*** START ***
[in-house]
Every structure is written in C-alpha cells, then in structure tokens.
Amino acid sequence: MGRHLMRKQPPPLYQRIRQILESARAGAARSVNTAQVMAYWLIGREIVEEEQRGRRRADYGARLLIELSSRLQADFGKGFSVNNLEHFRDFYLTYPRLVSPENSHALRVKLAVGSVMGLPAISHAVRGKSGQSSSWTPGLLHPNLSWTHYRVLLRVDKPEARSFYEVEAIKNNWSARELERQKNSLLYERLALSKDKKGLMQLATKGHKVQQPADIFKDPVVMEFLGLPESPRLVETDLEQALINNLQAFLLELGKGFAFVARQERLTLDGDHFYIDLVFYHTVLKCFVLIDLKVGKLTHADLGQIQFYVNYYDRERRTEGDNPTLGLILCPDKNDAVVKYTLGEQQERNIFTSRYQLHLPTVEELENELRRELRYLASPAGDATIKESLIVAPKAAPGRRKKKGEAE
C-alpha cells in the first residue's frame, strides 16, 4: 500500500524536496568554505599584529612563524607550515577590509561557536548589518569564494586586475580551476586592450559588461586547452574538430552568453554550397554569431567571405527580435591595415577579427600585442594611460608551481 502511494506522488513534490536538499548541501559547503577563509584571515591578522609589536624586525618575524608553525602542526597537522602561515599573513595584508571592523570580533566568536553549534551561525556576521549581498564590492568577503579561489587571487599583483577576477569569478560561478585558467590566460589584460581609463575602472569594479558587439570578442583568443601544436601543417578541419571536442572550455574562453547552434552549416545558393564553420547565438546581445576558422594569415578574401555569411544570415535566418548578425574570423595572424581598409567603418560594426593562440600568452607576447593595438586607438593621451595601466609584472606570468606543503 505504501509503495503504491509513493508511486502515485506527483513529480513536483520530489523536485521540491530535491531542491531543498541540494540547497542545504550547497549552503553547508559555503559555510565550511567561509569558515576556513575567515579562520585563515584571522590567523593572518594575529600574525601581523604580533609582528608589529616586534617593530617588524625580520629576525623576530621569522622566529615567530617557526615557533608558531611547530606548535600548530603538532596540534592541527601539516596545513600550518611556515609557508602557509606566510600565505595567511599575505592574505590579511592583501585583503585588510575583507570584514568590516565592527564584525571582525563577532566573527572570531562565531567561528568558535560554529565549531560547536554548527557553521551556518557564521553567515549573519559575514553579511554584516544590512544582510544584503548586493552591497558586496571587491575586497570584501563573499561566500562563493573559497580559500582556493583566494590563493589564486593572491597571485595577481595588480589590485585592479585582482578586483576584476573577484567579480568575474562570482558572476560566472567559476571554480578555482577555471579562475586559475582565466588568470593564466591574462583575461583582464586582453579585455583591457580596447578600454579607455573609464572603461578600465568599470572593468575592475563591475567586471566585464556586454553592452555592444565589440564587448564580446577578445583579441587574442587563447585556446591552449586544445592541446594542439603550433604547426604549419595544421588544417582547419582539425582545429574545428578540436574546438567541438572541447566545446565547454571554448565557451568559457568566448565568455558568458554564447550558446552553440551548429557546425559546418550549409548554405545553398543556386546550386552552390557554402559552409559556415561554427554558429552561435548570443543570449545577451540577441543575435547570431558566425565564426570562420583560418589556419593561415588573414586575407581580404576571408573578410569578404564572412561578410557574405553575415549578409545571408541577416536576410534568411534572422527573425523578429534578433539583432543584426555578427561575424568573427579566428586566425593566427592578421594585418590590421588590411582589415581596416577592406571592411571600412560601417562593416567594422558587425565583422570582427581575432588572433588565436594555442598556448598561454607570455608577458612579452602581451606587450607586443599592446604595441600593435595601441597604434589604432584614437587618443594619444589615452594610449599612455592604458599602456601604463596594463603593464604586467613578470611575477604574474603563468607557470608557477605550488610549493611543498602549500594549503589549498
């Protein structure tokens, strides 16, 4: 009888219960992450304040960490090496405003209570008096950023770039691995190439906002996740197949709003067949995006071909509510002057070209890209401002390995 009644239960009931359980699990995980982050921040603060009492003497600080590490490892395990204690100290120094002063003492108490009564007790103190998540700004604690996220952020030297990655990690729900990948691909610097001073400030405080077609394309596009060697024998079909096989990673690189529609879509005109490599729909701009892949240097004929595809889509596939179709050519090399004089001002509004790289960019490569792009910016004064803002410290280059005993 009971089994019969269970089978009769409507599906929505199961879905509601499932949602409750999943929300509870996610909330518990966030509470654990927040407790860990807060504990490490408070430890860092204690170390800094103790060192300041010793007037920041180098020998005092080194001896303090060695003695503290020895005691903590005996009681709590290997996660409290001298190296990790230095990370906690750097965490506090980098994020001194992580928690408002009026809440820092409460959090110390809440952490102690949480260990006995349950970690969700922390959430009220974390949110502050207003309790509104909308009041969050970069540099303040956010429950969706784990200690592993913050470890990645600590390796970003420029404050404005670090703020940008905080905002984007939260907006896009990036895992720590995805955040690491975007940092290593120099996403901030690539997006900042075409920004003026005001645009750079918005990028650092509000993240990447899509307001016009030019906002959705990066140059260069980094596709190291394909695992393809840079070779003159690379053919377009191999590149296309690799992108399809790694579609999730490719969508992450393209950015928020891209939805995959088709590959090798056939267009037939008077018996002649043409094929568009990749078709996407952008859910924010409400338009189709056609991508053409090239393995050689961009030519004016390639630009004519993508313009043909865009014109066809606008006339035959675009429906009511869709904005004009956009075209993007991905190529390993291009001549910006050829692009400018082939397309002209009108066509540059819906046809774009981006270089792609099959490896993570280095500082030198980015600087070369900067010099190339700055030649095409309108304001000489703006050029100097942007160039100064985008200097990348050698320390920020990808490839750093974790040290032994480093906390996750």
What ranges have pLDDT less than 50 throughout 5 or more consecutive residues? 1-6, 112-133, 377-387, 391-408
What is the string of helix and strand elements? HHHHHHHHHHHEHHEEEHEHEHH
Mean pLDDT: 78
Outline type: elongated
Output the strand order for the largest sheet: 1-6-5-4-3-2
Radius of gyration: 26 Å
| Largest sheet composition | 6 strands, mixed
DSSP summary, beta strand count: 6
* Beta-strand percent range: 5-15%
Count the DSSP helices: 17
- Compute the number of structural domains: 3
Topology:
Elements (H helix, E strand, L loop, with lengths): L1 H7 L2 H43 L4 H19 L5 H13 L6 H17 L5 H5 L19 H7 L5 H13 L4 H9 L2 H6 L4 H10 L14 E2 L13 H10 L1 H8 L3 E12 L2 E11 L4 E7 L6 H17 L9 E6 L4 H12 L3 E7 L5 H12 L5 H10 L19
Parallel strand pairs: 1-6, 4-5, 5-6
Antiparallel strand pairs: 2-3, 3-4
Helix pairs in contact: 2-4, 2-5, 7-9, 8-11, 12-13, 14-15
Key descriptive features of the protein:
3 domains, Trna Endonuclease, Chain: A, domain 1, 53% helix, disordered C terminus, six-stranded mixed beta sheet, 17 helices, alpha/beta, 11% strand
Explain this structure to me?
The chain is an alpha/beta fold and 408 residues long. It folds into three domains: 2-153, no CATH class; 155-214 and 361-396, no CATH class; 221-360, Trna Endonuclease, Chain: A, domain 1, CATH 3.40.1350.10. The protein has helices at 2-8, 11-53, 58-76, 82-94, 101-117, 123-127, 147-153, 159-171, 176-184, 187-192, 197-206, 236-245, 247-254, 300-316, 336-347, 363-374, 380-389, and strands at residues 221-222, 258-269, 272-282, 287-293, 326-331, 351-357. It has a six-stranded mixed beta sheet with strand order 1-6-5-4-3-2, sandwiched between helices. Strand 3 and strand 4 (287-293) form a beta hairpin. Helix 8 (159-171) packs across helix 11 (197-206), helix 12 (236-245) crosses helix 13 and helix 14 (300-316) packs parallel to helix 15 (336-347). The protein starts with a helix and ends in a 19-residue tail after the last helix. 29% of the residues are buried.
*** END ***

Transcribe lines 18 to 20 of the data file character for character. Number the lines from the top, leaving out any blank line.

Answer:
Elements (H helix, E strand, L loop, with lengths): L1 H7 L2 H43 L4 H19 L5 H13 L6 H17 L5 H5 L19 H7 L5 H13 L4 H9 L2 H6 L4 H10 L14 E2 L13 H10 L1 H8 L3 E12 L2 E11 L4 E7 L6 H17 L9 E6 L4 H12 L3 E7 L5 H12 L5 H10 L19
Parallel strand pairs: 1-6, 4-5, 5-6
Antiparallel strand pairs: 2-3, 3-4